Untold thousands of women across Mexico stayed home from work and school Monday as part of a strike billed as “A Day Without Women,” hours after an unprecedented number of them filled the streets to protest rampant and rising gender violence on International Women’s Day.
Central streets in the capital were eerily empty of women and girls in the morning, as mostly men could be seen walking to offices, getting off buses or lining up to buy coffee. At least some metro ticket stations were closed, and President Andrés Manuel López Obrador’s morning press conference was dotted with empty seats as female journalists joined the strike as well.
López Obrador said his government was functioning during the strike and that it wasn’t yet clear how many federal employees were observing it. The president said it was up to each worker to decide what to do, in accordance with their personal beliefs and levels of responsibility.
The back-to-back protests mark an intensification of the struggle by Mexican women against violence and impunity in one of the most dangerous countries in the world for females. Women in Argentina and Chile have staged strikes in previous years and were also to do so again Monday.
“What we want to provoke is that they see that if we’re not there, the city won’t circulate. That there are many of us. What are they going to do without us if they are killing us?” said Viviana Mendez, a lawyer and mother supporting the strike.
The idea was to become invisible for a day so that coworkers, bosses, boyfriends, husbands and in some cases children reflect on the absence of each participating woman. Some also swore off social media until Tuesday.
Some women could be seen Monday jogging or working at taco stands, coffee shops or other jobs. At a central intersection, a female transit officer waved cars through. But overall, the relative absence of women in public spaces was striking.
Government data say 3,825 women met violent deaths last year, 7% more than in 2018. That works out to about 10 women slain each day in Mexico. Thousands more have gone missing without a trace in recent years. Authorities seem incapable of preventing or properly investigating the crimes, very few of which result in convictions.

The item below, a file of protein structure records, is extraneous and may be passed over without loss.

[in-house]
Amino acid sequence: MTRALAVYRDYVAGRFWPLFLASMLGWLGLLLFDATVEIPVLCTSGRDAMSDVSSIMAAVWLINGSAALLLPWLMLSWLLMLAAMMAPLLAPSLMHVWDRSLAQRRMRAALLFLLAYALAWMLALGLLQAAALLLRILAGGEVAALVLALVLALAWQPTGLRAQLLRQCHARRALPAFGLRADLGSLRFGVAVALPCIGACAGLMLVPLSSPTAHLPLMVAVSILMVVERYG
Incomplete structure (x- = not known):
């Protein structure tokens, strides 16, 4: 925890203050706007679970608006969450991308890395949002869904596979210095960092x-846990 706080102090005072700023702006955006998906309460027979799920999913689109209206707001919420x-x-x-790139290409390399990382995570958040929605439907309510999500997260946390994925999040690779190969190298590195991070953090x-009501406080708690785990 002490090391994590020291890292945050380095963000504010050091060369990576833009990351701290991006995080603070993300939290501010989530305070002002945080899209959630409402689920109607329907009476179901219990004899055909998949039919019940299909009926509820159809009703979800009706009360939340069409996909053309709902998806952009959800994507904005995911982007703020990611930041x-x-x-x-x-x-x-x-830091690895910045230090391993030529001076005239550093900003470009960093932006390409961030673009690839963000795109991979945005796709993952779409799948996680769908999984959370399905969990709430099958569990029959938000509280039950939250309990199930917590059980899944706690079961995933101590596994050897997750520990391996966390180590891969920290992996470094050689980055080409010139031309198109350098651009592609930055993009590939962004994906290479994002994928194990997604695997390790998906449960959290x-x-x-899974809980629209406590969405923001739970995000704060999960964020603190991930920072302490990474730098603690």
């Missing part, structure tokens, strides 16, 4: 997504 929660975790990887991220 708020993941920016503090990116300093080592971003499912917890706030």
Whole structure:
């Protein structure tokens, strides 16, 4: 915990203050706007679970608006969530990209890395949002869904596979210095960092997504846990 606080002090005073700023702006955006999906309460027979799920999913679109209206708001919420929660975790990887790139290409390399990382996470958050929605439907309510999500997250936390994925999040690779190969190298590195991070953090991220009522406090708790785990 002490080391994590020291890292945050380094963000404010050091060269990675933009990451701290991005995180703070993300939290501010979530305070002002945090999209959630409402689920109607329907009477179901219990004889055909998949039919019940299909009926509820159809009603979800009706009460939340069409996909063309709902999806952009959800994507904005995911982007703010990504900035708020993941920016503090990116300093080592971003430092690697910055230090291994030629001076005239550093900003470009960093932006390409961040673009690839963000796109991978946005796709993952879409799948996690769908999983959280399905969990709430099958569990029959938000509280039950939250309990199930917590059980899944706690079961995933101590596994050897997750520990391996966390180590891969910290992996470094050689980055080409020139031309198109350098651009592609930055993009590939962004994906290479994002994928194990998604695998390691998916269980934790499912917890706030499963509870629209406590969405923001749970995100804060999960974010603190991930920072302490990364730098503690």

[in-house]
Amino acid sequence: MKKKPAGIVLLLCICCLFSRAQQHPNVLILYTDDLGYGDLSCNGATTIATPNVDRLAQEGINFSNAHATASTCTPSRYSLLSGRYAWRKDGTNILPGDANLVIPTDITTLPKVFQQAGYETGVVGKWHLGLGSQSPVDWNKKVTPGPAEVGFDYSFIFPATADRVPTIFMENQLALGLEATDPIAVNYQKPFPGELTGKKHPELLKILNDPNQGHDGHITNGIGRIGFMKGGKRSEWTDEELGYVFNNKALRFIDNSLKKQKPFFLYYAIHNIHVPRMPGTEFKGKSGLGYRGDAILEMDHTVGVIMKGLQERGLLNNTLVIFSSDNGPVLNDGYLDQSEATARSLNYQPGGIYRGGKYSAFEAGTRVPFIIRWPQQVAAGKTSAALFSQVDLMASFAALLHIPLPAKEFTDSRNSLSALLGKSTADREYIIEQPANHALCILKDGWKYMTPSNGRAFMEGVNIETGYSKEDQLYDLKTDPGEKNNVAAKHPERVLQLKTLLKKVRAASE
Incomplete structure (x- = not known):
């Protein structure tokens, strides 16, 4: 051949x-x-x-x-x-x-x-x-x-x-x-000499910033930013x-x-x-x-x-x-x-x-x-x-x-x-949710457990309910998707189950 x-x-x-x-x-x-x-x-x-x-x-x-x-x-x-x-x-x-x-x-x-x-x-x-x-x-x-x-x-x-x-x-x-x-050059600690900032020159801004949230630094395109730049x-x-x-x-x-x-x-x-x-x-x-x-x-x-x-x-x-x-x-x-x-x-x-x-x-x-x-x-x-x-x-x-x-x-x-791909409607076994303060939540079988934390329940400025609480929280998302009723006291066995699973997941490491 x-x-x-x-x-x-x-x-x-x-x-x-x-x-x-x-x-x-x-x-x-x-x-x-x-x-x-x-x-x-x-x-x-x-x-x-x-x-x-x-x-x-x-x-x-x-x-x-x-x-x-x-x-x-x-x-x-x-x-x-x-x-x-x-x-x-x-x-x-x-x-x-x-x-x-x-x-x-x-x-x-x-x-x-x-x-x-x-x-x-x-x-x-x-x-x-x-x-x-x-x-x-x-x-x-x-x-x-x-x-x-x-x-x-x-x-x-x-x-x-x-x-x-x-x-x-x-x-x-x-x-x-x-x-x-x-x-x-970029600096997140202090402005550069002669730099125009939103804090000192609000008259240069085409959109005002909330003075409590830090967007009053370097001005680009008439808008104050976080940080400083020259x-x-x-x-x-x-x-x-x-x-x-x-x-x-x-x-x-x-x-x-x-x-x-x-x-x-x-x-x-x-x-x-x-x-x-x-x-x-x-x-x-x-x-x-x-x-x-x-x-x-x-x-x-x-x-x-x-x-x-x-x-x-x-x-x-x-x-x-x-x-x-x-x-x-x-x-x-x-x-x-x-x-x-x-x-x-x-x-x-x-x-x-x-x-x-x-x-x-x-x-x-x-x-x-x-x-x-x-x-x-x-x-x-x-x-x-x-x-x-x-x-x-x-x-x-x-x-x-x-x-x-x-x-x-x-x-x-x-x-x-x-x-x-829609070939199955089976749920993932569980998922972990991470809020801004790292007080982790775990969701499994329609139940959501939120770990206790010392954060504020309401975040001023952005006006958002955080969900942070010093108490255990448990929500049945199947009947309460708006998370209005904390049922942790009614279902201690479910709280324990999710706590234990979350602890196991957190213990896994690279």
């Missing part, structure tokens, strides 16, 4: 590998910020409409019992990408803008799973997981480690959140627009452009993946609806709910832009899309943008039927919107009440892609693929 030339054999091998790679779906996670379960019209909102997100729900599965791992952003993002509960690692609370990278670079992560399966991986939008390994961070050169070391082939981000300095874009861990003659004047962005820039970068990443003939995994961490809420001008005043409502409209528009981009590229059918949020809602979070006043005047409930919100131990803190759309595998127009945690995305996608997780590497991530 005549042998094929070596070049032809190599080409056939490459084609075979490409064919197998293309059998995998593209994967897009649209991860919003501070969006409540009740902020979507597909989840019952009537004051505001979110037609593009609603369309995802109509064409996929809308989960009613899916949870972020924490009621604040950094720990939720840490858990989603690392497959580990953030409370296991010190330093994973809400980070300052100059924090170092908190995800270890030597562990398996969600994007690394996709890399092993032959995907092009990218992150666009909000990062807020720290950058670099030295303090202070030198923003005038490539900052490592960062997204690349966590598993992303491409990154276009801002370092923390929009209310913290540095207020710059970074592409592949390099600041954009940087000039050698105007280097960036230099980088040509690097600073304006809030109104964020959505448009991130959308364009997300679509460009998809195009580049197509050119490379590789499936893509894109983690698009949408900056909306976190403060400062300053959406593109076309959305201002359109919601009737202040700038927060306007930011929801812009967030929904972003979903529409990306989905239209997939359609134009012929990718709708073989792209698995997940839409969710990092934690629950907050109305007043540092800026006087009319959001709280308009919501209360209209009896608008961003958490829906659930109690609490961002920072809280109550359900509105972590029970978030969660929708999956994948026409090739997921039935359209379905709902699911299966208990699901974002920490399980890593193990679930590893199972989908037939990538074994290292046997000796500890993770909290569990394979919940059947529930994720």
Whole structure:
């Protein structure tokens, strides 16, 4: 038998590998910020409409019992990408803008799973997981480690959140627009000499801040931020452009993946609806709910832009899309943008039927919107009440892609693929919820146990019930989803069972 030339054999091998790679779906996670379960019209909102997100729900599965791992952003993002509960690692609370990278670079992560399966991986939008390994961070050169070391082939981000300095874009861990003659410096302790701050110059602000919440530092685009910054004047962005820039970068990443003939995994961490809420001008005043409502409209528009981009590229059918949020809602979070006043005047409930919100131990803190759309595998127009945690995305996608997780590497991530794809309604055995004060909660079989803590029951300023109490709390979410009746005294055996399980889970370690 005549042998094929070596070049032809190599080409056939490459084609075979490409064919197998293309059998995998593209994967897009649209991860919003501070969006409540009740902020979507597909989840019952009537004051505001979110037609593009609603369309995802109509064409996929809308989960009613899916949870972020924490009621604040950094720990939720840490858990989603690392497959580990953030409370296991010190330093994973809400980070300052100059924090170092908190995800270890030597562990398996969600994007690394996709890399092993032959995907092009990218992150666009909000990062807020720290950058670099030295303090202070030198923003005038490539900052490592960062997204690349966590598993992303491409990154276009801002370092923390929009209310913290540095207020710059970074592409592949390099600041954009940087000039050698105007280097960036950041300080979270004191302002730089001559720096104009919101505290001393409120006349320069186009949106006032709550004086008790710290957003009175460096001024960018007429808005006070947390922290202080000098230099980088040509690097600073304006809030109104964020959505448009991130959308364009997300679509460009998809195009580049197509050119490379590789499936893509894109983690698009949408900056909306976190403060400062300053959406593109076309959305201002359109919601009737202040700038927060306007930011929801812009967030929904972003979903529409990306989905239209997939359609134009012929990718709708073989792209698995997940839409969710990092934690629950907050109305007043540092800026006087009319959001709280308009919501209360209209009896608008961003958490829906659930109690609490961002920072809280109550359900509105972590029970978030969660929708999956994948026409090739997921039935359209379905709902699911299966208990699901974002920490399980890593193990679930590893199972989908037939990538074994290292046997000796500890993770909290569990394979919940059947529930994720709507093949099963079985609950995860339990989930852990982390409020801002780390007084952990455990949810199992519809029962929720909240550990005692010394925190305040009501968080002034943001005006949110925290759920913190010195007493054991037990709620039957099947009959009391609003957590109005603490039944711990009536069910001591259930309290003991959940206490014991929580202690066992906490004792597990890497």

“In Mexico it’s like we’re in a state of war; we’re in a humanitarian crisis because of the quantity of women that have disappeared or been killed,” said María de la Luz Estrada, coordinator of the National Citizen’s Observatory of Femicide.
Asked about his government’s strategy for combatting violence against women and impunity for such crimes, López Obrador said Monday that his administration is working on the issue every day. Echoing his policy for addressing broader violence, the president stressed the importance of tackling social ills such as poverty and inequality.
“I maintain that the main thing is to guarantee the well-being of the people,” López Obrador said.
Tougher criminal penalties and more aggressive prosecutions can help, he added, but “the main thing is that we live in a better society in all senses.”
He also repeated previous assertions that some of the anger directed at his administration over the violence against women “is conservatism disguised as feminism.”
A Facebook group called “A Day Without Women” has more than 320,000 Mexican members who have been debating and informing each other about the possible consequences of not going to the office, hospital or school for one day.
Officials estimated that 80,000 women marched Sunday in Mexico City, many wearing lavender. Some remarked that it seemed symbolically meaningful that the color matched the jacarandas blooming overhead for springtime. Some protesters spray painted messages like “Mexico kills women” onto monuments, smashed windows and set fires. The great majority marched peacefully. There were smaller demonstrations elsewhere in the country
Protesters tinted red the water of the fountain to the Roman goddess Diana in Mexico City to symbolize the blood of victims and also the water of a fountain to the Roman goddess of wisdom, Minerva, in Guadalajara.
Activists then stenciled the names of victims on Mexico City’s central Zocalo square. The names came from public records of deaths that appear to fall into the category of femicide, meaning those women’s killings showed marks of hatred for the female gender.
The call to protest grew in February after two murders rocked Mexico City: that of a young woman horribly disfigured, apparently by a boyfriend, and that of a 7-year-old girl abducted from her school. Murders of women in Mexico are often accompanied by sexual violence and stunning brutality.
Many businesses, from banks and media companies to law firms, supported the strike. The business confederation Coparmex encouraged its more than 36,000 member companies across the country to take part, despite calculating losses in the hundreds of thousands of dollars.
Some private schools canceled bus services that depend on female nannies to walk children to their front doors, or some enlisted fathers of schoolchildren to give classes in the absence of female teachers.
“No going out,” said Natalia Olalde, an 18-year-old university student, “not even for a coffee.”